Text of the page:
Lavender Essential Oil Myths

Lavender Essential Oil Myths

Lavender is perhaps the most commonly used and versatile Essential Oil. It has well documented benefits to the skin and is known to be cleansing, anti-septic, anti-microbial, anti-fungal and anti-inflammatory; often used for burns, bites, stings, cuts, alongside athlete’s foot and eczema. 

It is very gentle, skin soothing, sedative and a mood calming essential oil - suitable for children - and one of the rare few which can occasionally be applied *neat to the skin e.g. to soothe a burn or an insect sting. It is useful for all sorts of irritating skin conditions and so beneficial for skin prone to eczema and dermatitis.  

Interestingly, it has demonstrated synergistic effects with many essential oils, which means that it often enhances the actives of the other; the combined action of the mixed oils can be considerably more effective (though not in every case) than those same oils when used separately (Bensouilah J & Buck P. 2006). The oil blend could therefore be said to be ‘more than the sum of its parts.’  (phrase: Aristotle)

For example: "The synergistic activity of using two or more essential oils together can result in an even stronger anti-microbial activity.. "(Pengelley, 2004, 2nd ed. p112).

Despite there being many research studies, which collectively associate Lavender oil with all sorts of beneficial attributes (Khan I. & Abourashed E, 2010, 3rd ed) there are, nevertheless, persistent myths which circulate the internet, challenging its safety with regard to its use during pregnancy, feared to promote miscarriage, and also unwarranted concerns with oestrogen activity and possible effects upon children's development. 

I would urge any concerned readers to look up Robert Tisserand’s website - here - who helps to identify and debunk these. He is a world renowned expert on the subject of aromatherapy, chemistry and safety of Essential Oils - having worked in this field for over 30 years.  

"Proving safety in pregnancy is always a challenge, but all the indications are that lavender oil is completely safe to use. It is certainly not a uterine stimulant – in any dose". ('Lavender Oil and Pregnancy' Robert Tisserand: myth busting blog here.)

"Lavender oil does not mimic estrogen nor does it enhance the body’s own estrogens. It is therefore not a ‘hormone disruptor’, cannot cause breast growth in young boys (or girls of any age), and is safe to use by anyone at risk for estrogen-dependent cancer". ('Lavender Oil is not Estrogenic.' Robert Tisserand - here ).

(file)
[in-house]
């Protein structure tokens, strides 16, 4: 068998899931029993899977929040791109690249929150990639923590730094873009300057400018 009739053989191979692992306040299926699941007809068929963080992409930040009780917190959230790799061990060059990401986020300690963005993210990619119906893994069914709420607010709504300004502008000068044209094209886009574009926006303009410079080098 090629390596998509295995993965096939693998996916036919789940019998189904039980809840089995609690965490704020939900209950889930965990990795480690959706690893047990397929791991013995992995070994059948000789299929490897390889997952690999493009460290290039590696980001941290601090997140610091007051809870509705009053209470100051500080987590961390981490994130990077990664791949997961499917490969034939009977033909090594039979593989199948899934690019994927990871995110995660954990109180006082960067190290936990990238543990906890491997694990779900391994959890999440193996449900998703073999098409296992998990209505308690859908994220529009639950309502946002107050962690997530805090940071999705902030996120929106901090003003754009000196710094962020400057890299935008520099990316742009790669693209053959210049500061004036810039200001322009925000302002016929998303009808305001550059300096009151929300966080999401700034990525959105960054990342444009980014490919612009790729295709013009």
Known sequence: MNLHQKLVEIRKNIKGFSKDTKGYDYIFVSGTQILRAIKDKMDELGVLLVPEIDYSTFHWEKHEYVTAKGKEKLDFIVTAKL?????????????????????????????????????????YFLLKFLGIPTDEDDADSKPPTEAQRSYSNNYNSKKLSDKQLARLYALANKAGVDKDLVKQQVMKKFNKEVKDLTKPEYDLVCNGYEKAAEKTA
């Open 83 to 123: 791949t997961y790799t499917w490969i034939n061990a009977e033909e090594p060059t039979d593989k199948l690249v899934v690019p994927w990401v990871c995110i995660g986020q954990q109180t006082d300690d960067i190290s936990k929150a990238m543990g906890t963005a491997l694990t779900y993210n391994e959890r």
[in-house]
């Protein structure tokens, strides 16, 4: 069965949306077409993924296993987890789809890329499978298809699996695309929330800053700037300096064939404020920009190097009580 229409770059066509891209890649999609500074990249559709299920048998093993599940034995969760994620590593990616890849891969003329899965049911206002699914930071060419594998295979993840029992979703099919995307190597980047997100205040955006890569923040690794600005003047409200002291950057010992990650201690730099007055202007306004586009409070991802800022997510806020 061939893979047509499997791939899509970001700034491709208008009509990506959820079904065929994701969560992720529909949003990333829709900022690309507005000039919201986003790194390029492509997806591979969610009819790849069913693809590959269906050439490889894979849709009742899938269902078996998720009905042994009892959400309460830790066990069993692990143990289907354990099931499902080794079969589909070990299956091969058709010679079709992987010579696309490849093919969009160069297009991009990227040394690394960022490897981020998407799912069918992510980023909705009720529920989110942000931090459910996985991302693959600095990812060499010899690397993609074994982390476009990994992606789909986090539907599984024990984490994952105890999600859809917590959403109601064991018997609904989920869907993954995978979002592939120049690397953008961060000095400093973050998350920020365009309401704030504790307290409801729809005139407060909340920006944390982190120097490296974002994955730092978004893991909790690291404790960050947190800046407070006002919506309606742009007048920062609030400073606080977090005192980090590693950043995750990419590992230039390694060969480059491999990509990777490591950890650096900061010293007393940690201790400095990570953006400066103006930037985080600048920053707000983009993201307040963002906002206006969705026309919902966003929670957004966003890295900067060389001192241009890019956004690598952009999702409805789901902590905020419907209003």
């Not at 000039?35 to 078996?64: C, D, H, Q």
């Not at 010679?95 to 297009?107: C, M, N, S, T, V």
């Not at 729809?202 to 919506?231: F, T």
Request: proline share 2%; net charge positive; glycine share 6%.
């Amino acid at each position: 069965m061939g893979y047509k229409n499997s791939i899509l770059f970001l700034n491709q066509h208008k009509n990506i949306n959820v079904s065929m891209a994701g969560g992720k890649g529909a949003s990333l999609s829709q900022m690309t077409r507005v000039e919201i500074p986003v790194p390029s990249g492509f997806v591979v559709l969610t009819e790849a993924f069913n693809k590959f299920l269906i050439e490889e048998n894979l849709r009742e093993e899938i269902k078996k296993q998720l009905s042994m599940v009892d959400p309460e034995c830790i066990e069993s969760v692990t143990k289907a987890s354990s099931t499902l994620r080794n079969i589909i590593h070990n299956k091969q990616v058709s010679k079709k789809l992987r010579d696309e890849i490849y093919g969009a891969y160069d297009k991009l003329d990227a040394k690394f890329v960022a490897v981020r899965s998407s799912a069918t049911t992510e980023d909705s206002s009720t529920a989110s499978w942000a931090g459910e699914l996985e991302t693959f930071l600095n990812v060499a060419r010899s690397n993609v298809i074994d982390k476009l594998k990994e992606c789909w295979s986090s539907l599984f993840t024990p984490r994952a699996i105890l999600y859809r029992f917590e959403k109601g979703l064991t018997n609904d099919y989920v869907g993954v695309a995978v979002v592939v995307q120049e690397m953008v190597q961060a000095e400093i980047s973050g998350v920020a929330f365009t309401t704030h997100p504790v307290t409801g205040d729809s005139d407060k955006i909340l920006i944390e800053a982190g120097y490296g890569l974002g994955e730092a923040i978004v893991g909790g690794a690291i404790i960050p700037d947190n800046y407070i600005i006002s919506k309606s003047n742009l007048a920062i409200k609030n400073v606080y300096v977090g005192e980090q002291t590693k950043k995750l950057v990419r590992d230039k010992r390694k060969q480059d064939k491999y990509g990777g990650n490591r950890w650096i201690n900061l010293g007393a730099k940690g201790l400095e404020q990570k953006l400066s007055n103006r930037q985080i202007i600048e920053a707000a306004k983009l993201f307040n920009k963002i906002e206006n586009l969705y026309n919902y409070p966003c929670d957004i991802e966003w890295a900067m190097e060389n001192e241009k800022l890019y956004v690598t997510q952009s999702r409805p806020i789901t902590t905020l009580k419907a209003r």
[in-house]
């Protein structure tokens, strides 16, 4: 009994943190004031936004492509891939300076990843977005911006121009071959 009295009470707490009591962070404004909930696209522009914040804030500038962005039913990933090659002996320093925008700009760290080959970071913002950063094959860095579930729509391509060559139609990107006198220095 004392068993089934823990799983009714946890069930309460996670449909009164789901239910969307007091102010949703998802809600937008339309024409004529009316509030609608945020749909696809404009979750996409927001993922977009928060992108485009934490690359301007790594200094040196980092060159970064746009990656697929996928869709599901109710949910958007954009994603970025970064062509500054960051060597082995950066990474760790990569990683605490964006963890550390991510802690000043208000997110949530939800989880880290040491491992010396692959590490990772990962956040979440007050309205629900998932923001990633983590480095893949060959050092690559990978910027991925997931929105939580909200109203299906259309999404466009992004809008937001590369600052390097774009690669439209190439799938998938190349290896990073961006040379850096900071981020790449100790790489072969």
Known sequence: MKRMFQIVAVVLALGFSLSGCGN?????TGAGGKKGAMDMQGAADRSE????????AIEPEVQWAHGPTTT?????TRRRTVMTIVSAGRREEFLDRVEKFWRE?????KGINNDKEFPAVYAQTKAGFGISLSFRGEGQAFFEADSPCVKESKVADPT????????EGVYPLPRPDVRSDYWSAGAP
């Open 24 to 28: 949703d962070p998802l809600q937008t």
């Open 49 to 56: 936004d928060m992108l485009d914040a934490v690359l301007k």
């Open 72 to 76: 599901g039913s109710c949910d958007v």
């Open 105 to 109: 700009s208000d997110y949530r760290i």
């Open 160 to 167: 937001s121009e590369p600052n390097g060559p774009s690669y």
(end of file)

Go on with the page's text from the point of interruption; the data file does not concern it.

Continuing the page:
Robert Tisserand has also collated and reviewed a vast source of research into the chemistry and effects of many Essential Oils and this work has been published into an enormous volume, with a newest 2nd edition released in 2014:  “Essential Oil Safety,” which he has co-authored with Rodney Young. Here they outline which Essential Oils should be avoided during pregnancy and those not to use with children - but Lavender Oil is considered to be a safe essential oil and suitable for both. These conclusions are also corroborated by (Bensouilah J & Buck P. 2006).


NB* Applying any neat (undiluted) essential oil to the skin, no matter how gentle the oil is presumed to be, is not recommended and particularly never on a regular basis. This is especially to be avoided with children. This, alongside frequent heavy use of favoured essential oils, rather than varying the range of oils used, increases the risk of developing future skin irritations and sensitisations (Bensouilah J & Buck P. 2006).

Further, Essential Oils each carry individual safety concerns with potential constituent allergens and so great care should be taken to follow the recommended dilutions for each essential oil - and this will vary depending upon where it is used on the body and who it is being applied to.

"Dilution cannot be overemphasized when it comes to all essential oils.." Robert Tisserand (2015) 'New Survey Reveals Danger of Not Diluting Essential Oils" - an important article on this very issue - please click here



Bensouilah J & Buck P. (2006) “Aromadermatology,” Radcliffe.

Davis P. (2005) “Aromatherapy An A-Z,” Vermillion.

Khan I. & Abourashed E (2010, 3rd ed) "Leung's Encyclopedia of Common Natural Ingredients Used in Food, Drugs & Cosmetics," Wiley. 

Lawless J. (2002) “The Encyclopedia of Essential Oils,” Thorsons.

Pengelley, (2004, 2nd ed.) "The Constituents of Medicinal Plants", Allen & Unwin.

Rose J. (1999) “375 Essential Oils and Hydrosols,” Frog Ltd. 

Sellar W. (2005) “The Directory of Essential Oils,” Vermillion.

Tisserand R. (1988) “Aromatherapy for Everyone,” Penguin.

Tisserand R. (1977) “The Art of Aromatherapy,” The C.W.Daniel Co. Ltd.

Tisserand R. & Young R. (2014) “Essential Oil Safety, 2nd ed.” Churchill Livingstone.


Article written by © Na Smyth 2015 for Nooma Blog @ Nooma Organics Natural Skincare.

Photograph taken by Claire Jones for © Nooma Organics Natural Skincare. 

Leave a Reply

* Name:
* E-mail: (Not Published)
   Website: (Site url withhttp://)
* Comment:
Type Code